Prior to January 1, 1997 chiropractors had but one choice in coding for their adjustments: HCPCS code A2000. A2000 was the singular, correct code for the patient who required only an atlas adjustment as well as the patient who had cavitation to every joint from cranial sutures to their little toe and everything in between.
Now, DCs can report different codes that vary depending on the number of regions that were adjusted. However, billing must now be based upon medical necessity. The recent increase in post-payment audits revealed that there is confusion about how to report what was done (clinically appropriate) vs. what should be paid (medical necessity).
“But I’m a full spine adjuster! I use Activator or Thompson technique”…no problem here. Report and bill for the areas that correlate to a compliant, objective finding, and diagnosis. But simply document those other compensatory adjustments that were provided based on your technique that must be addressed to affect the primary level of subluxation. Chiropractors can certainly adjust wherever subluxation/segmental joint dysfunction is found. However, bill only for those spinal regions where medical necessity has been established. Areas adjusted outside of the region of complaint and diagnosis should be looked upon as a maintenance/wellness service while billing the patient’s insurance, as appropriate, for the medically necessary and therapeutic portion of the service. In such instances, what may look to be a full spine adjustment may only be coded as a 98940; a 1-2 region spinal adjustment. This is just one vivid example of how your complete documentation will drive your medical necessity and will dictate the codes you are able to bill for, get paid for, and keep the money for in the event of an audit.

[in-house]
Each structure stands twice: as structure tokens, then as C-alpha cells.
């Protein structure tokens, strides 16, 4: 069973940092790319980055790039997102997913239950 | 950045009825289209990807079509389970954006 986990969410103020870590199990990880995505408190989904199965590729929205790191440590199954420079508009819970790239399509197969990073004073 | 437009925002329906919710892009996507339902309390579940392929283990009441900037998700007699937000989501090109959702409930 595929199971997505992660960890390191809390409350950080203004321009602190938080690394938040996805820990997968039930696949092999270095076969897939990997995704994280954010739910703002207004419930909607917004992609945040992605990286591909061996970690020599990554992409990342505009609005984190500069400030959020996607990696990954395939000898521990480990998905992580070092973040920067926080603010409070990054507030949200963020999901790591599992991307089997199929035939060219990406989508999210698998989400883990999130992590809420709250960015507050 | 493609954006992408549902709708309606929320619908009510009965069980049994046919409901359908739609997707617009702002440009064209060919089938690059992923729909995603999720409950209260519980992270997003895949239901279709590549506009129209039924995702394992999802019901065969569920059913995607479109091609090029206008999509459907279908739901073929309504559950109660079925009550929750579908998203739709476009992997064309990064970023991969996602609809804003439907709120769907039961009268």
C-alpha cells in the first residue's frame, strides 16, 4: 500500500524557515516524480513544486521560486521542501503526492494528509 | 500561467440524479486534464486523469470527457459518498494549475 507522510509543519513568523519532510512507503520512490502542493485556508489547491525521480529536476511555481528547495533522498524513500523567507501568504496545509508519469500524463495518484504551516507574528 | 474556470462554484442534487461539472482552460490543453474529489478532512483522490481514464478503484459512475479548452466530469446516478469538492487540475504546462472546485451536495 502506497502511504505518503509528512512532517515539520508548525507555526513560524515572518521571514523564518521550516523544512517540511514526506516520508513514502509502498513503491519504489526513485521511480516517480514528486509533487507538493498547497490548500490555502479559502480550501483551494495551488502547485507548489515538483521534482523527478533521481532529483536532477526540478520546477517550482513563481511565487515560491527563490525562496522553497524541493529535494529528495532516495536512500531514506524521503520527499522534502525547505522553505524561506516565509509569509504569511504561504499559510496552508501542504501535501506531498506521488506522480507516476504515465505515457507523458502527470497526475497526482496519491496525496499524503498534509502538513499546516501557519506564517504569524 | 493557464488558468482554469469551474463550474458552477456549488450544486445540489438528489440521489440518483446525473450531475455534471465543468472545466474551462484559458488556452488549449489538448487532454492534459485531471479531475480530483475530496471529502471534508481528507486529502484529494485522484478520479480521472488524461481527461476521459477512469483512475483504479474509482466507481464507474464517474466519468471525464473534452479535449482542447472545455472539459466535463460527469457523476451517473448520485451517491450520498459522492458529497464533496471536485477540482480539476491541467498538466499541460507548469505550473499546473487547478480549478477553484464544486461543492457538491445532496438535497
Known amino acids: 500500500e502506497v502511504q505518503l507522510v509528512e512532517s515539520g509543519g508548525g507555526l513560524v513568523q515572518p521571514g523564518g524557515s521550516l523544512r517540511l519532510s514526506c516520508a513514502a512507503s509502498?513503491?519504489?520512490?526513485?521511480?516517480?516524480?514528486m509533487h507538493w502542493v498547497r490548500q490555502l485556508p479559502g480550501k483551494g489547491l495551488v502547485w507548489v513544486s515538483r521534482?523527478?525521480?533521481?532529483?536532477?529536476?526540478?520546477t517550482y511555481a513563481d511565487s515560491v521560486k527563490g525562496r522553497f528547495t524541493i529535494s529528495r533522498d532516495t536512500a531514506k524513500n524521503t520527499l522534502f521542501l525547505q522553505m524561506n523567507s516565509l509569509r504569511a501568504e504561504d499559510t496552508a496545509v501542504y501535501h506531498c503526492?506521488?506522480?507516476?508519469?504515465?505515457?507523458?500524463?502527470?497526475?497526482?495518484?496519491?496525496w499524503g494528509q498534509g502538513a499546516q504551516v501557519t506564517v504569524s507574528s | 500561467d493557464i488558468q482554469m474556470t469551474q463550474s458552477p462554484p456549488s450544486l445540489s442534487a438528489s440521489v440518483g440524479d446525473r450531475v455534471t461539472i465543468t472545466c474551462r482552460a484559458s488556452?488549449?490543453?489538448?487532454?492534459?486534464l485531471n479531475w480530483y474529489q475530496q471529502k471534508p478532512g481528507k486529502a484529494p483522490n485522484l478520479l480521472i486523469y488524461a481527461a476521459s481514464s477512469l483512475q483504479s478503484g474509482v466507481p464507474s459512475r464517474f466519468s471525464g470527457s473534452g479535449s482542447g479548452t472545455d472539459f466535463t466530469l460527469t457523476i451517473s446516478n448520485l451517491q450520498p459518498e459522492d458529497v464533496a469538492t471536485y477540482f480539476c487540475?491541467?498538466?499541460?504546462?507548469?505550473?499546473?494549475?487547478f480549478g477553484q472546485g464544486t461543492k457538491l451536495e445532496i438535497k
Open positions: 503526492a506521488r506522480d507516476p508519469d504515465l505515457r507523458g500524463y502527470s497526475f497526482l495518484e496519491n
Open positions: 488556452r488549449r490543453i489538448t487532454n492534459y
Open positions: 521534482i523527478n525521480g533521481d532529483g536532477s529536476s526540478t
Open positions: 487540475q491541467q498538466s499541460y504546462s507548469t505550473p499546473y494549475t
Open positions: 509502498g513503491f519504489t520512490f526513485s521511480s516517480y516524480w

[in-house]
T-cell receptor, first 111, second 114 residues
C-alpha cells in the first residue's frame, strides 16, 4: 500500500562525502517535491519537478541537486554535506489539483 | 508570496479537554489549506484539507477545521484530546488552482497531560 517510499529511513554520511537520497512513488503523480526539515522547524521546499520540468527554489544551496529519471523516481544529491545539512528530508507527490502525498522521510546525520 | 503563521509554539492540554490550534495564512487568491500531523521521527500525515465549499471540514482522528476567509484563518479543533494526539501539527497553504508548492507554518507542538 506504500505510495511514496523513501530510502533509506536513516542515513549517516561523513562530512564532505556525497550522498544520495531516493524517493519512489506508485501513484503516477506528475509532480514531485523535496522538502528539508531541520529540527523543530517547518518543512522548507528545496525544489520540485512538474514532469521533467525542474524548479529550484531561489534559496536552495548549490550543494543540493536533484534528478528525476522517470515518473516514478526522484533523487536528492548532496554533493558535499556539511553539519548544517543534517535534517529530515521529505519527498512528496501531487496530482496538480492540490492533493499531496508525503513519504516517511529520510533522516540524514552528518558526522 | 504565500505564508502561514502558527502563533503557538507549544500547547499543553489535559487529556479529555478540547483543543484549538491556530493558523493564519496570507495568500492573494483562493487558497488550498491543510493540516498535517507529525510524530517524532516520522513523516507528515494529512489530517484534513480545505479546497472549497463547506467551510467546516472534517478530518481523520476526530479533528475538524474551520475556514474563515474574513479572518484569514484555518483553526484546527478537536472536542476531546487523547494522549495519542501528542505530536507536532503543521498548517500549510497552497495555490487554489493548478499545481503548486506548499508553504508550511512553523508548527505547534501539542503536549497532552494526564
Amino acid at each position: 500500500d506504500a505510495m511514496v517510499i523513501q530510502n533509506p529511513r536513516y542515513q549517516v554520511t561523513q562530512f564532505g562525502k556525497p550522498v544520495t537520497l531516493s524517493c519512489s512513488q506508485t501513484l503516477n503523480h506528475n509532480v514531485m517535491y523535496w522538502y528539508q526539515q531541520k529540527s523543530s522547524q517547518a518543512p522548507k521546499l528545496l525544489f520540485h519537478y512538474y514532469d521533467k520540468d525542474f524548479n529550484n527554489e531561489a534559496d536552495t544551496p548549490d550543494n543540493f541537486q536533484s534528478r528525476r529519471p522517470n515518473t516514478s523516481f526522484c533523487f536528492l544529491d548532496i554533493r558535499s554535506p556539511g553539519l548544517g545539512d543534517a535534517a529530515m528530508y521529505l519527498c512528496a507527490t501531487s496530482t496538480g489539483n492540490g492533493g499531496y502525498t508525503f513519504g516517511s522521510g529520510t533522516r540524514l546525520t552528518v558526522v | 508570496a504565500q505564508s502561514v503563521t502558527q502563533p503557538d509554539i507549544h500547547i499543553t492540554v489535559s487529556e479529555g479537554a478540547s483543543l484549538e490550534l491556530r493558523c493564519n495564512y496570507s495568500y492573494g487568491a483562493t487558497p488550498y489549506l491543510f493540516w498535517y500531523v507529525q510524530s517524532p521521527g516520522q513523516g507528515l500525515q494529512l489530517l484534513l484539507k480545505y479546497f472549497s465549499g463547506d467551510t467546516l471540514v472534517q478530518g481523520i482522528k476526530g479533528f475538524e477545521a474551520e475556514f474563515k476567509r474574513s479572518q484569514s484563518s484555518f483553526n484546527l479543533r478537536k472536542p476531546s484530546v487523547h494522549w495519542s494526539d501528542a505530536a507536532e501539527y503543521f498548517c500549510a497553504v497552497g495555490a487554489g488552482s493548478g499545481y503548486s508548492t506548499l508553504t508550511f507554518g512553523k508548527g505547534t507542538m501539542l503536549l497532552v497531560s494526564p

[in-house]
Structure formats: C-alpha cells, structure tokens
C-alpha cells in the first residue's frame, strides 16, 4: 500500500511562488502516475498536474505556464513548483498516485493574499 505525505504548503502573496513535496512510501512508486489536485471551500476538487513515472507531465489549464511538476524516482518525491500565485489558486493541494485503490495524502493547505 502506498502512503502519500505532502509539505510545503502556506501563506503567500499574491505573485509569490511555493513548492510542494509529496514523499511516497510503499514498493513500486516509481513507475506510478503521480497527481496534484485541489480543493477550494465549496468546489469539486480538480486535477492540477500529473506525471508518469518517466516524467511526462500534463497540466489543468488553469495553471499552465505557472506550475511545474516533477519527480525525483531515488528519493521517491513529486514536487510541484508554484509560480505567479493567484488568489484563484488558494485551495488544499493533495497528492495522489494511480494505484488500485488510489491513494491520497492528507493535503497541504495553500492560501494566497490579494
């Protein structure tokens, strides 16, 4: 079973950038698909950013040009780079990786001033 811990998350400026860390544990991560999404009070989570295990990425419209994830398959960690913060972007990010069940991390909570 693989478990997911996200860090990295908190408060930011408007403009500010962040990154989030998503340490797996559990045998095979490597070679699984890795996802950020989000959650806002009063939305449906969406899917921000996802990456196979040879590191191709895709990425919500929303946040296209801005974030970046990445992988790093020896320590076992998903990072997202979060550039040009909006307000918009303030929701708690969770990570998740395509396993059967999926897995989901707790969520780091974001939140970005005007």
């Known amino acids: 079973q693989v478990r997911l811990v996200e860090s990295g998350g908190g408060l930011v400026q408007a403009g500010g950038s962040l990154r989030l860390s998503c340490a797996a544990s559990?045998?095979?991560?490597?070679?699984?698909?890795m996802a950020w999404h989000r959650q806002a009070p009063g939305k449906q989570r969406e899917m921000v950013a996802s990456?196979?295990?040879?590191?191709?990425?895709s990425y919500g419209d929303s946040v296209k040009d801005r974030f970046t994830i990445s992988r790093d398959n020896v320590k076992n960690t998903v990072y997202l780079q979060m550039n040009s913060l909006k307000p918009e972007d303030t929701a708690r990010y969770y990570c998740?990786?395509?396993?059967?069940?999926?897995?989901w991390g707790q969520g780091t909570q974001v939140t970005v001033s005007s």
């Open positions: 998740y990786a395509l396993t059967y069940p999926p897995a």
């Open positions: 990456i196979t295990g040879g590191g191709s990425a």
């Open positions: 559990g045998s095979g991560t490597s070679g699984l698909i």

If you have doubt as to your coding style and habits, you can decrease your risk and possibly increase your reimbursement by consulting with a specialist at KMC University.